A Rutgers-led team has produced the first ever measurement of the "heat of life" – the energies involved in DNA replication and synthesis. The researchers findings have opened the door to a better understanding of the origins of replication errors that can result in genetic mutations and serious illness. This is crucial knowledge for the development of medical diagnostics and treatments of genetic disorders.
"Our measurements represent the first direct determination of the energies and their transformations in this most fundamental process in biological chemistry," said principal investigator Kenneth J. Breslauer, Linus C. Pauling Professor, and dean and director of the Division of Life Sciences, Rutgers, The State University of New Jersey.
Breslauer explained that the measurements can be used to construct a virtual landscape that traces the precise energy differences between correct and incorrect DNA synthesis. The differential energy signatures signal the presence of DNA damage, potentially repairable by protein systems inside the cell or specifically designed drugs administered from the outside, or both.
MicroRNA helps cancer evade immune system
19.09.2017 | Salk Institute
Ruby: Jacobs University scientists are collaborating in the development of a new type of chocolate
18.09.2017 | Jacobs University Bremen gGmbH
Using ultrafast flashes of laser and x-ray radiation, scientists at the Max Planck Institute of Quantum Optics (Garching, Germany) took snapshots of the briefest electron motion inside a solid material to date. The electron motion lasted only 750 billionths of the billionth of a second before it fainted, setting a new record of human capability to capture ultrafast processes inside solids!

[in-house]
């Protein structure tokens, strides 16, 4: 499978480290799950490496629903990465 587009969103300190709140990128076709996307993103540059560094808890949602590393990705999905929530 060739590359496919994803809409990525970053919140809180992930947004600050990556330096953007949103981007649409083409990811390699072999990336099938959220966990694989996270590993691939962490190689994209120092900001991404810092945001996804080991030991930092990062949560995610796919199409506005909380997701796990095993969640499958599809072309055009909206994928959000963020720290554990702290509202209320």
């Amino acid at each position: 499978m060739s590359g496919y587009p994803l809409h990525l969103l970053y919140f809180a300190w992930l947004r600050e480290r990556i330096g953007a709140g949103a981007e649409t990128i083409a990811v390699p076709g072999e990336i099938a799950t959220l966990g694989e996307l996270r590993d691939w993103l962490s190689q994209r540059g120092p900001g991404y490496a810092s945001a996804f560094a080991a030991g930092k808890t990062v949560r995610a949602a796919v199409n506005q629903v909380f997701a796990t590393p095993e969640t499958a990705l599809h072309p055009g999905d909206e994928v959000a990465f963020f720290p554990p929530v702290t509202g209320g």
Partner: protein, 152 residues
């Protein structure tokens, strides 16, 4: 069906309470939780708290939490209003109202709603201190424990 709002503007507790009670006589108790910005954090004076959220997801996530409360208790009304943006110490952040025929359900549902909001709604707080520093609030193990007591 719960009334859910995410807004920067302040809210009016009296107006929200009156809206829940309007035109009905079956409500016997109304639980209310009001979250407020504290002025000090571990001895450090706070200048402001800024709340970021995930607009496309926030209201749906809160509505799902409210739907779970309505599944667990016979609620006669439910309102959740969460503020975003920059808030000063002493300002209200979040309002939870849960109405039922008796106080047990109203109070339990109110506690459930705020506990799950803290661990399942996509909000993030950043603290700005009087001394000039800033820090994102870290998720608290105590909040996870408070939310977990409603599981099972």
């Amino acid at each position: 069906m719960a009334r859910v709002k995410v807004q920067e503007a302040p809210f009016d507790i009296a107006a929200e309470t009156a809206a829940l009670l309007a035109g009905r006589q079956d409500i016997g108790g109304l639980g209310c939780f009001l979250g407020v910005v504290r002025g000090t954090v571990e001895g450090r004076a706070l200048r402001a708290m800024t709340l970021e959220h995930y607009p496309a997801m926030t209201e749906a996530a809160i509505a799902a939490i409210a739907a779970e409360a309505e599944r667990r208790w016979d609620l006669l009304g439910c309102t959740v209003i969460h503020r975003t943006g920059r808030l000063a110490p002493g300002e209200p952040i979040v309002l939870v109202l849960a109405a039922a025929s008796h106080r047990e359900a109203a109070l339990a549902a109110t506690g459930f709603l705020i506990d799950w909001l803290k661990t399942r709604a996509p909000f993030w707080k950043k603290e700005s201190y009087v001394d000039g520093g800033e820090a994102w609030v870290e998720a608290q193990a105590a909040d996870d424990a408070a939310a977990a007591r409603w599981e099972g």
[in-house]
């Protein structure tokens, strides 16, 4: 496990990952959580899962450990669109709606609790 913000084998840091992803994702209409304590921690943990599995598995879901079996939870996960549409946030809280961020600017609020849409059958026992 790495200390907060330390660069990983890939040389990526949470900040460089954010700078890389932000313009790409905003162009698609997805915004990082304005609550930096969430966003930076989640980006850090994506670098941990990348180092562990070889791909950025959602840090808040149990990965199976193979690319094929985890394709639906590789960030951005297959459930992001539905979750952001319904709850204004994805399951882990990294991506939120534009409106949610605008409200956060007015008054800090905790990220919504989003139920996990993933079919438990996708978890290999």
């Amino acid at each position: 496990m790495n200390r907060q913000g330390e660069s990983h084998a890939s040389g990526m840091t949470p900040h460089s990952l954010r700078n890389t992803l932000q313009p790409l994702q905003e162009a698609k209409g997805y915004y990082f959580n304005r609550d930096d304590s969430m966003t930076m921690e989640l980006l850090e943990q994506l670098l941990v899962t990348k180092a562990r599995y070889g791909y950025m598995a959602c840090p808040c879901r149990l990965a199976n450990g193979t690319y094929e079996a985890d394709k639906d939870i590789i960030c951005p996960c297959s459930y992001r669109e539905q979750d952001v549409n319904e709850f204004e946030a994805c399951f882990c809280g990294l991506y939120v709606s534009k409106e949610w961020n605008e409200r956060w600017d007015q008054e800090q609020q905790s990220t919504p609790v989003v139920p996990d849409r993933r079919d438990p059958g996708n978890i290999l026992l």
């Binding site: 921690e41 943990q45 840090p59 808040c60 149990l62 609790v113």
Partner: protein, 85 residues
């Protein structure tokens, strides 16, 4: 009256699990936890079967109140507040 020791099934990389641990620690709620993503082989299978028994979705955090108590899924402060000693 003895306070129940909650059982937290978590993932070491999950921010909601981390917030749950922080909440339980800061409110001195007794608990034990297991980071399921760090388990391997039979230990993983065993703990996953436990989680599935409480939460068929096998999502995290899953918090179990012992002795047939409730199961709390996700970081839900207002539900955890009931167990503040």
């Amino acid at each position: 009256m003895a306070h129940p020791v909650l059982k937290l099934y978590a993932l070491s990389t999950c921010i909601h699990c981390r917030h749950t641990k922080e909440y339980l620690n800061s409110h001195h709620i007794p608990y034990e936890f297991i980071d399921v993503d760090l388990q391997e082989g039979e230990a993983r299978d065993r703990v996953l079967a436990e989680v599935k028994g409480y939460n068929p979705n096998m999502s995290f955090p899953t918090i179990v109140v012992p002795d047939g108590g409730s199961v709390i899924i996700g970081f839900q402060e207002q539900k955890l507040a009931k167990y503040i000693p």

When x-rays shine onto solid materials or large molecules, an electron is pushed away from its original place near the nucleus of the atom, leaving a hole...
For the first time, physicists have successfully imaged spiral magnetic ordering in a multiferroic material. These materials are considered highly promising candidates for future data storage media. The researchers were able to prove their findings using unique quantum sensors that were developed at Basel University and that can analyze electromagnetic fields on the nanometer scale. The results – obtained by scientists from the University of Basel’s Department of Physics, the Swiss Nanoscience Institute, the University of Montpellier and several laboratories from University Paris-Saclay – were recently published in the journal Nature.
Multiferroics are materials that simultaneously react to electric and magnetic fields. These two properties are rarely found together, and their combined...
MBM ScienceBridge GmbH successfully negotiated a license agreement between University Medical Center Göttingen (UMG) and the biotech company Tissue Systems Holding GmbH about commercial use of a multi-well tissue plate for automated and reliable tissue engineering & drug testing.
MBM ScienceBridge GmbH successfully negotiated a license agreement between University Medical Center Göttingen (UMG) and the biotech company Tissue Systems...
Pathogenic bacteria are becoming resistant to common antibiotics to an ever increasing degree. One of the most difficult germs is Pseudomonas aeruginosa, a...
Scientists from the MPI for Chemical Energy Conversion report in the first issue of the new journal JOULE.
Cell Press has just released the first issue of Joule, a new journal dedicated to sustainable energy research. In this issue James Birrell, Olaf Rüdiger,...
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19.09.2017 | Power and Electrical Engineering